The Beauty of an English garden
In garden design, there is no philosophy more commonly admired, desired, or replicated than the English Garden. The very thought of the phrase conjures images of lush, manicured, and serene vistas brimming with beautiful plants in harmony. The English garden essentially is a combination of staunchly symmetrical French gardens and naturally-arranged Chinese gardens. The English philosophy relies on the juxtaposition of these two beautiful styles. Another keystone of the English garden is the incorporation of manmade structures set among pastoral landscapes. What makes an English garden my favorite is how easily these principles can be utilized in any garden, no matter how big or small. To best understand the English garden, it helps to know a bit about its origins.
In the seventeenth century and beginning of the eighteenth century, the French garden reigned supreme. Very formal and perfectly symmetrical, employing painstakingly manicured designs in shrubbery, ornamental flowers, and trees. Classically-French gardens are stunning in their grandeur and intricacyÂcentered around magnificent statues and fountains with clean, sharp edges and definition. The height of French garden design is displayed magnificently at Versailles. However in the early 1700s Europeans became enamored with the Far East, principles of Chinese design began gaining popularity in Western-Europe. Literature describing Chinese gardens in naturally-asymmetrical patterns set against natural ponds and streams began to inspire English garden designers. The designers given credit for the English garden movement are William Kent and Charles Bridgeman. Kent was also strongly influenced by his life in Italy, admiring Roman ruins and how nature grew around them. As an architect, he introduced the Palladian style to England as well as to the garden.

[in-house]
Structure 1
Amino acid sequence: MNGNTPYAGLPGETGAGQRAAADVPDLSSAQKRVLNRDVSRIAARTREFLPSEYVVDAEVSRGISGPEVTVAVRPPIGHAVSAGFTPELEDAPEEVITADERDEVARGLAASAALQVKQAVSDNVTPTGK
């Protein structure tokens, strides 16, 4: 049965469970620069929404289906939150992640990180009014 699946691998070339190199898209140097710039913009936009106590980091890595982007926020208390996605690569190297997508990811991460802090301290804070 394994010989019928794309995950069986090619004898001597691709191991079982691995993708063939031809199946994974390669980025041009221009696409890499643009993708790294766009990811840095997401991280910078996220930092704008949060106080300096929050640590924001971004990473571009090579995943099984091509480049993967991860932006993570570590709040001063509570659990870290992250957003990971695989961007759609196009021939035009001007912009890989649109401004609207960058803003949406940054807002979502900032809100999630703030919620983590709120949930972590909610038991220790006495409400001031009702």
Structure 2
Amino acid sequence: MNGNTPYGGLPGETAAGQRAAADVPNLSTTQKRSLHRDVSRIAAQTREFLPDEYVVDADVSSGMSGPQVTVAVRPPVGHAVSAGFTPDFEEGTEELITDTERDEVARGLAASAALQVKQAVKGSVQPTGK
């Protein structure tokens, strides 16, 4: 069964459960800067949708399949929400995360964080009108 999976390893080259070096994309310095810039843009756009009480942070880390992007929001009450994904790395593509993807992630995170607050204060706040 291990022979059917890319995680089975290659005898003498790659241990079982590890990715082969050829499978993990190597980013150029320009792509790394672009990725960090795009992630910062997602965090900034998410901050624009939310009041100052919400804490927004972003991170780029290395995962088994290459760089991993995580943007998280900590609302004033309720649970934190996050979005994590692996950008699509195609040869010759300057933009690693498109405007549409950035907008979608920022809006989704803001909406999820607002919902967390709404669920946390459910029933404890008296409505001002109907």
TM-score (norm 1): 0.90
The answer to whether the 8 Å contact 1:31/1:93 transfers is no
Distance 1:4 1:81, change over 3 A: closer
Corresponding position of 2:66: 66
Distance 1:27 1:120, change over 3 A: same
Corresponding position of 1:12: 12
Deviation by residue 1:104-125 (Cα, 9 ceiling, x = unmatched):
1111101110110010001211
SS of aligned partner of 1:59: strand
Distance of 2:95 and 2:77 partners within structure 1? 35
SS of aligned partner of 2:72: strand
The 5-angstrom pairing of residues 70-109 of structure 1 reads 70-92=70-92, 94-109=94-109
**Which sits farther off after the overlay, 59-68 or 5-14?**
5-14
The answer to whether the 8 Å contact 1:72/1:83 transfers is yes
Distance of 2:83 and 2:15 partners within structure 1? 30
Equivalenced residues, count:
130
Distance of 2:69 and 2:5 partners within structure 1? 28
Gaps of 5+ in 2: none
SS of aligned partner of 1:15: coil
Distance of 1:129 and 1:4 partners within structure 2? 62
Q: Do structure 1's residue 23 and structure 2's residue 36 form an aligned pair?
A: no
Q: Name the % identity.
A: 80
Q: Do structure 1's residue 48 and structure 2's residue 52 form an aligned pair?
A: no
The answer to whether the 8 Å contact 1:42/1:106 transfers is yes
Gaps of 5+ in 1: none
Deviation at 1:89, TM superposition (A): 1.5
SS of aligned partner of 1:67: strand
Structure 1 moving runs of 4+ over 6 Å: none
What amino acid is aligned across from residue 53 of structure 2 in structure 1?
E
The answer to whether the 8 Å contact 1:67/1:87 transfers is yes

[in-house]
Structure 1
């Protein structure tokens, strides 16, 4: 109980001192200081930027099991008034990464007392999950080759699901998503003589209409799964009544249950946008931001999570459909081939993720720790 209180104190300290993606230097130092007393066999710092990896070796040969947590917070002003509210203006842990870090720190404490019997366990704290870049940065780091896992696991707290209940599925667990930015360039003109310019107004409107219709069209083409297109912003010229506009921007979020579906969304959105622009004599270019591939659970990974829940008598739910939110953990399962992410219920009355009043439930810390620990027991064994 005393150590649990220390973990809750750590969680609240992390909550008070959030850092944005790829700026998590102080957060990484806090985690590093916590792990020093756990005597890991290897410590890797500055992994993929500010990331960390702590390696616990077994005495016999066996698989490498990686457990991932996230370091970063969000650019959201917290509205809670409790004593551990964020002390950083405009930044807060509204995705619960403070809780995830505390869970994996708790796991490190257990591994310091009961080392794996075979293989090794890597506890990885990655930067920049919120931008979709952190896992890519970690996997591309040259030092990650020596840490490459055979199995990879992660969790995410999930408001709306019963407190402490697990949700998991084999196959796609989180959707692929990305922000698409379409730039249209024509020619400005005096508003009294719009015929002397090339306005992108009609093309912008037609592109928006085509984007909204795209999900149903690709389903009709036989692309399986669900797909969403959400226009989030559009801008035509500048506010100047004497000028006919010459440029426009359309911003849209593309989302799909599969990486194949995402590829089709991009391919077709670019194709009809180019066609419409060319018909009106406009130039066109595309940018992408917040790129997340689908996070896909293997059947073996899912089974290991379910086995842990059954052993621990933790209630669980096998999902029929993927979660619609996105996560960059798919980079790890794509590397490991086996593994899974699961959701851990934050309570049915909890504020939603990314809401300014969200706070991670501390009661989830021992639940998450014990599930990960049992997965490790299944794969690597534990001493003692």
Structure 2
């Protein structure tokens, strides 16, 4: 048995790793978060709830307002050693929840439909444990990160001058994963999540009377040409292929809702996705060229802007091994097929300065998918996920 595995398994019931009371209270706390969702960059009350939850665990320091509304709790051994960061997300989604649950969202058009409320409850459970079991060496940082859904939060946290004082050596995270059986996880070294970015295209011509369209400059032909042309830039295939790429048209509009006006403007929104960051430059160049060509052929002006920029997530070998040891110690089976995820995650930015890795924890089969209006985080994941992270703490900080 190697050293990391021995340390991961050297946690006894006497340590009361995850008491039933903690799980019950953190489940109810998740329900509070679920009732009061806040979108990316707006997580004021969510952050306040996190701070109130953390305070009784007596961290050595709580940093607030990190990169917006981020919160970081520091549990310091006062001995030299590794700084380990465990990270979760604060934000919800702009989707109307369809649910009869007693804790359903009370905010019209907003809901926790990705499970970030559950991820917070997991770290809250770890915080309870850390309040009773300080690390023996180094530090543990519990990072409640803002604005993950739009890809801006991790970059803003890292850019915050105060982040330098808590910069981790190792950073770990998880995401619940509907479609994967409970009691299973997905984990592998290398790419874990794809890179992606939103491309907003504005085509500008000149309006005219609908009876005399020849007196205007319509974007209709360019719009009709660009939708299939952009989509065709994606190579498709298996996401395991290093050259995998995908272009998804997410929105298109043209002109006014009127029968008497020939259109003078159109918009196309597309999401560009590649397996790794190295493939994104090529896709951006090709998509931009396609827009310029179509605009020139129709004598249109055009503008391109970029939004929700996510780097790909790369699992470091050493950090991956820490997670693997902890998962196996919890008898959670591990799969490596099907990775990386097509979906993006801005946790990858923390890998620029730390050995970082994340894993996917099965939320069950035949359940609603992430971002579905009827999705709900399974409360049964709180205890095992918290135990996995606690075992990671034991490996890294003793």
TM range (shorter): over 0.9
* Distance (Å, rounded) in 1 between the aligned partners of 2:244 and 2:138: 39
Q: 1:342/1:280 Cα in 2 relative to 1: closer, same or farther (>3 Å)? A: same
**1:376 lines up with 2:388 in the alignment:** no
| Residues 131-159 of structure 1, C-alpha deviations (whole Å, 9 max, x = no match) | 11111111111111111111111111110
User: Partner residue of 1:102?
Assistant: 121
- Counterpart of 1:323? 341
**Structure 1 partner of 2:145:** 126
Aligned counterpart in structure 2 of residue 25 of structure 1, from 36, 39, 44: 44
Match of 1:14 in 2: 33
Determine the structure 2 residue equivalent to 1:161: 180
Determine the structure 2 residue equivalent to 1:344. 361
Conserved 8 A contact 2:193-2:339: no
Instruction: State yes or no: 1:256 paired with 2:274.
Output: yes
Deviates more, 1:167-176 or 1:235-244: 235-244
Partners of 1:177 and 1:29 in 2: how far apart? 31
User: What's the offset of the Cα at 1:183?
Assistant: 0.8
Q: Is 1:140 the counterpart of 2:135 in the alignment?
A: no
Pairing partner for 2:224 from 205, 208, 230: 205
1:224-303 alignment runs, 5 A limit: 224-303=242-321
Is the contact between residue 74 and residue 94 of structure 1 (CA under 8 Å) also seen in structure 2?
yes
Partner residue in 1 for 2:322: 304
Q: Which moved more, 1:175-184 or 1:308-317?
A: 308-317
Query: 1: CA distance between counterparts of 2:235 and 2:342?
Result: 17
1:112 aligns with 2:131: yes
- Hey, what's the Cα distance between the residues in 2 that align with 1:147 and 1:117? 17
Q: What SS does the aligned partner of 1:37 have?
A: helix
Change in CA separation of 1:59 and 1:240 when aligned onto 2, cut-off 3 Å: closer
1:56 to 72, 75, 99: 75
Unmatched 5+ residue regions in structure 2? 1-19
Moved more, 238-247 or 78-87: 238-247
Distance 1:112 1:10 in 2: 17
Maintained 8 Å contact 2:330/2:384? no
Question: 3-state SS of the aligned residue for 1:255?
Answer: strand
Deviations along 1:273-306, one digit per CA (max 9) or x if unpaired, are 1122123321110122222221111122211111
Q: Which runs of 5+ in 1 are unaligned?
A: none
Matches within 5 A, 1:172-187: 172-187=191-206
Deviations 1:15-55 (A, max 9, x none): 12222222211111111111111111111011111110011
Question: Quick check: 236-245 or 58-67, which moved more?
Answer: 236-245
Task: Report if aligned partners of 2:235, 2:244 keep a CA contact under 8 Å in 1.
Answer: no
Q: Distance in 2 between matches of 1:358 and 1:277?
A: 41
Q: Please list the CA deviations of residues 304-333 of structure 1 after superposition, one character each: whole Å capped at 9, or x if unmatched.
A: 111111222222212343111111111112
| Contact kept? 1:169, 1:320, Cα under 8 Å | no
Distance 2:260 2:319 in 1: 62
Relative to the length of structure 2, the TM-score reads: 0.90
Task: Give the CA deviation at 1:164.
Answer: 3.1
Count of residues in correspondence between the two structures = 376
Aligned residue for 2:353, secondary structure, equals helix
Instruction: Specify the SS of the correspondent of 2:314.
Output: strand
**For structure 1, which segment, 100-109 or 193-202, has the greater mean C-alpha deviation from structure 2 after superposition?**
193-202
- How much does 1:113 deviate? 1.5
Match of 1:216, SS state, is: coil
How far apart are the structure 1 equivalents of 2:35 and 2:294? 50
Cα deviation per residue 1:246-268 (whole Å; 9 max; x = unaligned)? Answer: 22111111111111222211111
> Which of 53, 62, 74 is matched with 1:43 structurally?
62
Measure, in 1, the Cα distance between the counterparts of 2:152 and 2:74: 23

Because English gardens are defined by their arrangement and harmony with nature, an English garden can be created in any landscape. Our landscape here in Ohio lends itself beautifully to enhancing our gardens with English design. Even in the smallest of gardens can English principles be used to enhance the aesthetics. The most important thing to remember is you can pick and choose which elements to include depending on your garden. If your favorite use for your garden is to enjoy wildlife like birds, use birdhouses, feeders, and baths as your structural elements and landscape around them. English gardens are beloved for their whimsy, so place the birdbath in an unexpected place. Tucked among blooming shrubs, or off-center in a flower bed would be great and fun places to watch birds. English design can also be utilized in a vegetable garden.
Something as mundane as a tomato stake is an opportunity for design. Unnaturally occurring shapes like pyramids provide a gorgeous setting for a leafy tomato plant to grow against. Often vegetable gardens are thought of as purely functional, but that does not mean they cannot be beautiful as well. Instead of planting your vegetables in uniform rows, they can be planted in a less symmetrical succession for interest as well as increased air circulation around them.
In an ornamental garden, establish balance by planting a border of an evergreen like boxwood or holly. Add perennial points of interest in an asymmetrical fashionÂfor instance a lovely blooming tree like a magnolia on one side and lower blooming shrubs like roses on the other side. Multiple heights and colors against a level, evergreen border make for a beautiful and interesting English garden for any yard. If you are aiming to update your existing garden to a more English design, easy changes like curving the edges of existing flowerbeds and softening their lines add quite a difference with minimal effort. The gentle transition between planted flowerbeds and lawns is another hallmark of an English garden.
If you are looking to go even deeper into an English aesthetic for your garden, consider incorporating larger architectural elements like archways or pergolas and softening them with climbing roses, ivy, or wisteria. Quintessentially English icons such as lavender and Tudor Roses are also dynamic and beautiful additions to your English garden.
It is no surprise that English gardens are popular the world overÂas much for their beauty as their philosophy. Casual and elegant, the English garden was born by ‘breaking the rules’; which is one of the best parts of being a gardener. This timeless design sensibility works as well on an urban patio as it does an acre of rolling countryside.
Garden Series: Raised Beds and Trellises
Join the Delaware County Master Gardeners for our monthly garden series on Thursday, April 19 from 6:30–8:30 at the YMCA –Community Room, 1121 S. Houk Road, in Delaware. The workshop is open to the public at no charge and no reservations are needed.
Stephen Jones is an OSU Extension of Delaware County Master Gardener volunteer.